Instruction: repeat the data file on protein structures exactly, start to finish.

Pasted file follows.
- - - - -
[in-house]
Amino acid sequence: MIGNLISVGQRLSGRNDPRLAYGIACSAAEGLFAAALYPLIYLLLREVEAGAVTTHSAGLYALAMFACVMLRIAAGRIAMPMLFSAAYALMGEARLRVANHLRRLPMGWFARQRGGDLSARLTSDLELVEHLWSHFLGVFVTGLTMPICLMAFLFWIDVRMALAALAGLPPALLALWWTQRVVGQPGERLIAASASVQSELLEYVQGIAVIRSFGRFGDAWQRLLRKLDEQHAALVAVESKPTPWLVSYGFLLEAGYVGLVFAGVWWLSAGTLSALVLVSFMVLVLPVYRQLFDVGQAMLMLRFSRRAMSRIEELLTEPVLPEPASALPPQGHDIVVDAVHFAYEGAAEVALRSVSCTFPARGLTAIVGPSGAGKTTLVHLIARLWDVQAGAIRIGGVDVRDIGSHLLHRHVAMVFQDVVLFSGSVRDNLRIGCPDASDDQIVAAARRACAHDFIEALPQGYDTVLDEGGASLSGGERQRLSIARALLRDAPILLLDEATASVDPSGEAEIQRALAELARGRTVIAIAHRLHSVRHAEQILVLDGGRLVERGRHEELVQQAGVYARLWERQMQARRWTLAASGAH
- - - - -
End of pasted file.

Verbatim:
[in-house]
Amino acid sequence: MIGNLISVGQRLSGRNDPRLAYGIACSAAEGLFAAALYPLIYLLLREVEAGAVTTHSAGLYALAMFACVMLRIAAGRIAMPMLFSAAYALMGEARLRVANHLRRLPMGWFARQRGGDLSARLTSDLELVEHLWSHFLGVFVTGLTMPICLMAFLFWIDVRMALAALAGLPPALLALWWTQRVVGQPGERLIAASASVQSELLEYVQGIAVIRSFGRFGDAWQRLLRKLDEQHAALVAVESKPTPWLVSYGFLLEAGYVGLVFAGVWWLSAGTLSALVLVSFMVLVLPVYRQLFDVGQAMLMLRFSRRAMSRIEELLTEPVLPEPASALPPQGHDIVVDAVHFAYEGAAEVALRSVSCTFPARGLTAIVGPSGAGKTTLVHLIARLWDVQAGAIRIGGVDVRDIGSHLLHRHVAMVFQDVVLFSGSVRDNLRIGCPDASDDQIVAAARRACAHDFIEALPQGYDTVLDEGGASLSGGERQRLSIARALLRDAPILLLDEATASVDPSGEAEIQRALAELARGRTVIAIAHRLHSVRHAEQILVLDGGRLVERGRHEELVQQAGVYARLWERQMQARRWTLAASGAH